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By Andrew Gans
23 May 2012

 

Frank Langella in Frost/Nixon. 

"The words 'national treasure' are overused, but in Langella's case they are apt. Langella's combination of raw talent, charisma, sex appeal and technique have been evident over a lifetime of great performances, but the addition of a masterful characterization is what made his Nixon the jewel in his crown. Somehow, the demands of playing someone we all knew (or thought we knew) so well—someone who had been caricatured and parodied so many times—brought out the very best in Langella. I was shocked when the paunchy, stooped figure loped across the stage at the beginning of the play, and marveled at how Langella transformed his honeyed baritone into Nixon's rumbling cadence without invoking memories of Dan Ackroyd on 'Saturday Night Live.' He conveyed more with his hands while sitting in a chair than most actors can with their whole body. He played Nixon as a man hungry for affirmation and desperate to silence the voice of inferiority in his head. He showed us the roots of his narcissism. Thank goodness the performance is preserved on film. Langella's combination of soul and technical mastery are the equal of any of the greatest British thespians."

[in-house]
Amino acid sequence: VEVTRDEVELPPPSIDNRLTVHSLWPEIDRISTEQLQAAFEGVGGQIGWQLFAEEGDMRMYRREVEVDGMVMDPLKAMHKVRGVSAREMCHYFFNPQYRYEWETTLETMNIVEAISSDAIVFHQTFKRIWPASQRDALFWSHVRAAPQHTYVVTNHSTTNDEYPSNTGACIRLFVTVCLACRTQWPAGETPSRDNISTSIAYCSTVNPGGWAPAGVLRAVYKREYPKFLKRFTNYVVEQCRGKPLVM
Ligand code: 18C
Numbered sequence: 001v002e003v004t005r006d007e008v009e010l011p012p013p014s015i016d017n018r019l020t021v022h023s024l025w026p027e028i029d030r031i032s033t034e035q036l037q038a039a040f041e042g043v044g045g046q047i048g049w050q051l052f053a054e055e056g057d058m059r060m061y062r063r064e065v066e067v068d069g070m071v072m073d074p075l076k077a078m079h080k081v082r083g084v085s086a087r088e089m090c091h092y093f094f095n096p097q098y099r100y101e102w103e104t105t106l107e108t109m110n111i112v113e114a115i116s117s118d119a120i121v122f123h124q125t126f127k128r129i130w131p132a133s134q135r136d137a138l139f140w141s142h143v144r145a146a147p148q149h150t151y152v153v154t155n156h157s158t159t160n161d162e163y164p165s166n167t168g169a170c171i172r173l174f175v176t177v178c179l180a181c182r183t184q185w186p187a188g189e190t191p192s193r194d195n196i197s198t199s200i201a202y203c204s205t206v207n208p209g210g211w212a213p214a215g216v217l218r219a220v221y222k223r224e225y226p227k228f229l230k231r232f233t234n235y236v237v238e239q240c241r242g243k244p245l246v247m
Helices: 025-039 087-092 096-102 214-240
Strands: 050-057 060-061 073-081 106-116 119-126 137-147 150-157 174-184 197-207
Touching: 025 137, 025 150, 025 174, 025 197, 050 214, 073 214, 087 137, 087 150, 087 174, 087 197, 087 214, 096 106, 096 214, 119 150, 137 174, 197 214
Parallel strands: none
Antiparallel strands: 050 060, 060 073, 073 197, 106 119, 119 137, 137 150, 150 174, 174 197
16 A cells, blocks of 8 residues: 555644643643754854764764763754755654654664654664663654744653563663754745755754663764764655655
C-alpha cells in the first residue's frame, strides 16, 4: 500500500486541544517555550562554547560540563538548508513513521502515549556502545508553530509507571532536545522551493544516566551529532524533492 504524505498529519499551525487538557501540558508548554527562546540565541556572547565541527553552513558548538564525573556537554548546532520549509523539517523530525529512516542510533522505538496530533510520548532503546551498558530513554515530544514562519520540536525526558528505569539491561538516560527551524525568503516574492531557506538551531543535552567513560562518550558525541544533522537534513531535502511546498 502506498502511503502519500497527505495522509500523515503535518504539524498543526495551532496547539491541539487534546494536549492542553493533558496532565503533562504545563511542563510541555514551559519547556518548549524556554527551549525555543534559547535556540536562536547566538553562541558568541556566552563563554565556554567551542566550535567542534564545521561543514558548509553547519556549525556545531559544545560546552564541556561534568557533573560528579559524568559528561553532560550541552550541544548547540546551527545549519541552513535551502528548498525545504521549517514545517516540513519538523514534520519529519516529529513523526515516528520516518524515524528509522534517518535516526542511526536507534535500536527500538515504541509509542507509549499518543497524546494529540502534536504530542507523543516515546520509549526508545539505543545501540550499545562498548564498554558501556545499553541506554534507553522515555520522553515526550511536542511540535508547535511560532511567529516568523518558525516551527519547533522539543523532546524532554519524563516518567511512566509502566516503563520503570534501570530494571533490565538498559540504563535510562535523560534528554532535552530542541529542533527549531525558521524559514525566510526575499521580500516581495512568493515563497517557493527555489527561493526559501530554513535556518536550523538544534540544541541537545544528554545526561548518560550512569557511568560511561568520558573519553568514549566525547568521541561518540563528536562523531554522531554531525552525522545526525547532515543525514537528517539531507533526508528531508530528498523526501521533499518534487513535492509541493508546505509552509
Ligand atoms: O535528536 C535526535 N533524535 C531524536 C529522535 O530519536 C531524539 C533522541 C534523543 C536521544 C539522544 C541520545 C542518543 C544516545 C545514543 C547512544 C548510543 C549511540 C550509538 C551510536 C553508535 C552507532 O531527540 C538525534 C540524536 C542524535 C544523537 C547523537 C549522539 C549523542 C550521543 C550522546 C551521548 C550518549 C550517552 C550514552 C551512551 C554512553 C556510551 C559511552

Click here to visit Frank Langella's page at the Playbill Vault.
 

 

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